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Re-dated New Guinea pottery reveals early Austronesian “fingerprint”

Sun striking the Clocktower

Thursday, 3 September 2015 2:27pm

Pottery fragments image
Pottery pieces from New Guinea, the top fragment is the earliest. Credit: Dylan Gaffney, Glenn Summerhayes, Anne Ford, Sue Bulmer.

A University of Otago-led research team has unexpectedly discovered the first evidence that the ancestors of Polynesians did not bypass New Guinea on their way from Southeast Asia to colonise remote areas of the Pacific, as was previously thought.

Radiocarbon re-dating of an archaeological site in the rugged New Guinea interior and petrographic and geochemical analysis of pottery fragments found there show that influences of these Austronesian-speaking peoples had penetrated into the already populated remote interior of New Guinea by 3000 years ago.

The more than 3000-year-old fragments, which resemble the Lapita plain-ware pottery style associated with Austronesian colonisation of neighbouring Western Pacific islands during the same period, were analysed and found to be both produced on-site and brought in from elsewhere.

The pottery was excavated at the remote highland Wañelek site around 40 years ago. Up until this latest study, no pottery in the Highlands region has had confirmed dating beyond 1000 years ago.

The surprising finding is newly published in the leading international journal PLOS ONE.

Lead author and Otago Archaeology Master’s student Dylan Gaffney says the study overturns the existing consensus that Austronesian peoples, who are associated with the Lapita culture, simply skirted the coastal areas of New Guinea and did not interact with inland populations.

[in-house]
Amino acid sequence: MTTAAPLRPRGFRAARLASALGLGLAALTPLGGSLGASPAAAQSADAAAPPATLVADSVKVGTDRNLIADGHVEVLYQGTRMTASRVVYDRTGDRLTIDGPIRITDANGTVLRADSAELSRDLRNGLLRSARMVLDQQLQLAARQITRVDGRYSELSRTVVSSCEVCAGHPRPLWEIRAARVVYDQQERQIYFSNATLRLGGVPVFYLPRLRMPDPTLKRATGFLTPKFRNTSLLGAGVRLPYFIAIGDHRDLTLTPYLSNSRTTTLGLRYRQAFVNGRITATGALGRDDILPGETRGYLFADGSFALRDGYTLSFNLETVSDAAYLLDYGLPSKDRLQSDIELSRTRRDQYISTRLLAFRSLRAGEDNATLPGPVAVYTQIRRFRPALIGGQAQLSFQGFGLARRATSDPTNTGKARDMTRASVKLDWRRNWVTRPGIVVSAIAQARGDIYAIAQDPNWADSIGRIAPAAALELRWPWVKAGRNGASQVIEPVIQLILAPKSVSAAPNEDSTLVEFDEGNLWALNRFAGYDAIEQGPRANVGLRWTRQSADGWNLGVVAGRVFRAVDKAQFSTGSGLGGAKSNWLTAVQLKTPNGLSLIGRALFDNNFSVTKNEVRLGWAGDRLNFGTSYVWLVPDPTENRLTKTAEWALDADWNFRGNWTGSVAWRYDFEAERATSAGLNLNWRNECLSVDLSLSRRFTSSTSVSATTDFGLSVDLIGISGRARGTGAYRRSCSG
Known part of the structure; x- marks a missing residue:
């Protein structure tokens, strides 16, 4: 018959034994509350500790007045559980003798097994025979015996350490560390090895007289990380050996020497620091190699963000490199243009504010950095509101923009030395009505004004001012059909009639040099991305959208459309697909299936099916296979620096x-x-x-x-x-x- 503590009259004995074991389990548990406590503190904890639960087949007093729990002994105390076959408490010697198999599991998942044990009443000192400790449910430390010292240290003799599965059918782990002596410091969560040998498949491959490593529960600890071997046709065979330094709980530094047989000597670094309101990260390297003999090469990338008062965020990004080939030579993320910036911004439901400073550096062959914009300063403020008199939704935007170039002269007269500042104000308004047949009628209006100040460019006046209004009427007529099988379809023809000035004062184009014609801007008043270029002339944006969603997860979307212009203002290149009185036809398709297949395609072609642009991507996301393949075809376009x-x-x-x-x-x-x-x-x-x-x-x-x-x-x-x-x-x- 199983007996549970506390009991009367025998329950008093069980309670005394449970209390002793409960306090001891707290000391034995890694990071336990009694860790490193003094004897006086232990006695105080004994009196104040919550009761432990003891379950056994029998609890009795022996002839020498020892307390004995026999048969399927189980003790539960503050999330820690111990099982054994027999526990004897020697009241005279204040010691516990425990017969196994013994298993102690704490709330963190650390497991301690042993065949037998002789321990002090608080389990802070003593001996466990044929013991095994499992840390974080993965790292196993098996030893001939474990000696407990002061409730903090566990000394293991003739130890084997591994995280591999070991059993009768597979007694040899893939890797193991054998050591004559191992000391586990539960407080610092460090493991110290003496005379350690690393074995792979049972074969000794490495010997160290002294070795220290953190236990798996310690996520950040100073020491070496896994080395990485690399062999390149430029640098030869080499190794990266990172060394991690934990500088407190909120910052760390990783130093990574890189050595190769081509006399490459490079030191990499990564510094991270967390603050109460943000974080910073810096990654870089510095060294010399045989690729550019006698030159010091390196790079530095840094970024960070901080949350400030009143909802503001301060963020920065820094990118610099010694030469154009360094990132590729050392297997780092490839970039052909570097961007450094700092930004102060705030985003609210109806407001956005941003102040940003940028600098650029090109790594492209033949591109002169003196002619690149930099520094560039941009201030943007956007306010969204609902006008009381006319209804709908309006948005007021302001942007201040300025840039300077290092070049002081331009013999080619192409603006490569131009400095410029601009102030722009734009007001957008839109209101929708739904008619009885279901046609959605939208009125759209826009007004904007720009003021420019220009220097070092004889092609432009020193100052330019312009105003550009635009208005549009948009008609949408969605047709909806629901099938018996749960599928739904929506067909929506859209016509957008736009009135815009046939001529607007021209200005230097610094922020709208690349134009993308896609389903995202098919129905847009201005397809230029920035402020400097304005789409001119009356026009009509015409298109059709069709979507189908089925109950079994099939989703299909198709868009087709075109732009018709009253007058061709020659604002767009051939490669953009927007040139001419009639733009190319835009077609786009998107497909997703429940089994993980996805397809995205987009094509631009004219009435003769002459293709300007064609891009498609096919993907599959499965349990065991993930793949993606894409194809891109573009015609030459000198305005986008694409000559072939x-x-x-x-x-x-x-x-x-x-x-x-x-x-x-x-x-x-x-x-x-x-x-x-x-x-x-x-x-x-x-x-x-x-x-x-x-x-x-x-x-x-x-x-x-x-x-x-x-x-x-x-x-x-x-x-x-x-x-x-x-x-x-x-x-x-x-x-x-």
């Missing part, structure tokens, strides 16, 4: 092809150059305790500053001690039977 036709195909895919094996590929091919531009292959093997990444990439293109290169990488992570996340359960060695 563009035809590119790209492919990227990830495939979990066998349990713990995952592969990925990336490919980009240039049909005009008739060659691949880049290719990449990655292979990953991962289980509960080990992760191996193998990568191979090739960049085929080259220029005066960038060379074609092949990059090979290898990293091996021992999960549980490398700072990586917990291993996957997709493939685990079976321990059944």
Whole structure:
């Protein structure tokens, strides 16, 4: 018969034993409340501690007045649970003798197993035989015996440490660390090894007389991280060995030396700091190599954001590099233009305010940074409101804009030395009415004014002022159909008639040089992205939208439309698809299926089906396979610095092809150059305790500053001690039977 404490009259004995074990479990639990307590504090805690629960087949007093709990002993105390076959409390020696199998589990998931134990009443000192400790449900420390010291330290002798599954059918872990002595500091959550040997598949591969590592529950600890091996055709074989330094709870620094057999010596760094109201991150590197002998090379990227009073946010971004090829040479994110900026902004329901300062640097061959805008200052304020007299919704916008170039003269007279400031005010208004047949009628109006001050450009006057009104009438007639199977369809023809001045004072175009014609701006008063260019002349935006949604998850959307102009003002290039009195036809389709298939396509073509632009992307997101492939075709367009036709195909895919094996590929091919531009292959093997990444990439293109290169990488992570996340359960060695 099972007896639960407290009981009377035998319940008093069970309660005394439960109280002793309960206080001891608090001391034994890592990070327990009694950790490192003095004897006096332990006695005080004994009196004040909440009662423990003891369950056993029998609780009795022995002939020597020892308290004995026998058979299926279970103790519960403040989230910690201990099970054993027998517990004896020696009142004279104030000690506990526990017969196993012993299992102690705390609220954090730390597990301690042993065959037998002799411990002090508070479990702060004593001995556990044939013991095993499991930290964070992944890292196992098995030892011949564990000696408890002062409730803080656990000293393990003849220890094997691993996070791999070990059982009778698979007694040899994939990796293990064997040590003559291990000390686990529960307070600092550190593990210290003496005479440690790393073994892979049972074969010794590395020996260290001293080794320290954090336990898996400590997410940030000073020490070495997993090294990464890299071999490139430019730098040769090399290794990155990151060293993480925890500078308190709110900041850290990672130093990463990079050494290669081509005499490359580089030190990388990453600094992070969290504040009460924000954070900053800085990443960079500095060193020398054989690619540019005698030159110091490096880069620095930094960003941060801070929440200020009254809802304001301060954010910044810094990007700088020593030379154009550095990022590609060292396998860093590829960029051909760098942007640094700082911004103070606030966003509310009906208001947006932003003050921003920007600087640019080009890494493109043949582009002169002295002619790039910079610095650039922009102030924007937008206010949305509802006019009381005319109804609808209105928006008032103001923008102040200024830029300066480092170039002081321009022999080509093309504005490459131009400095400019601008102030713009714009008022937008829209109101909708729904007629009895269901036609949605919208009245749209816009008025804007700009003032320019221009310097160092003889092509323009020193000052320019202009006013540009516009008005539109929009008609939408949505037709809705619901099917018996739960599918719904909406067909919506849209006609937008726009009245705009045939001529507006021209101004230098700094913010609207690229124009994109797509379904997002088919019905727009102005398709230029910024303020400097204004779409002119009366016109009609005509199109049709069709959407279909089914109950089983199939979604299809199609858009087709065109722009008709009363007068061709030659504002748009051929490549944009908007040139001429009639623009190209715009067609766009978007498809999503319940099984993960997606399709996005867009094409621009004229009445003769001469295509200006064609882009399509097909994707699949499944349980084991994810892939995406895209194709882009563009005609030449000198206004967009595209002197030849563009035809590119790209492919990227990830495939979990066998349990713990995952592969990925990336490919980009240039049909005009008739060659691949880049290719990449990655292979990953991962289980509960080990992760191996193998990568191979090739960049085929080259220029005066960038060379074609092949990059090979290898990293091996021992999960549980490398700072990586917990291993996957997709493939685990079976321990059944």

“It was thought that they bypassed this large landmass, opting instead to settle on islands in the Bismarck Archipelago before continuing an epic migration that ended with the colonisation of remote Pacific Islands such as those of Vanuatu, New Caledonia, Fiji and Samoa,” Mr Gaffney says.

He says the team’s identification of a clear Austronesian “fingerprint” by 3000 years ago in the New Guinea Highlands rewrites the history of people’s presence in this important region.

“Crucially, the pottery comes from the interior rather than a coastal area, suggesting the movements of people and technological practices, as well as objects at this time.”

Research team members Professor Glenn Summerhayes of Otago’s Department of Anthropology and Archaeology and Dr Judith Field of the University of New South Wales have been awarded AUD$500,000 as part of an Australian Research Council Grant to continue archaeological research in the Wañelek area. Archaeology students from Otago and Papua New Guinea will be taking part in this work.

For more information, please contact:

Dylan Gaffney
Department of Anthropology and Archaeology
University of Otago
Tel: 03 479 9271
Email: dylan.gaffney@otago.ac.nz

Professor Glenn Summerhayes
Department of Anthropology and Archaeology
University of Otago
Tel 03 479 8399
Email glenn.summerhayes@otago.ac.nz

Publication Details:

Earliest Pottery on New Guinea Mainland Reveals Austronesian Influences in Highland Environments 3000 Years Ago
Dylan Gaffney, Glenn R. Summerhayes, Anne Ford, James M. Scott, Tim Denham,
Judith Field, William R. Dickinson
PLOS One DOI: 10.1371/journal.pone.0134497
http://journals.plos.org/plosone/article?id=10.1371/journal.pone.0134497

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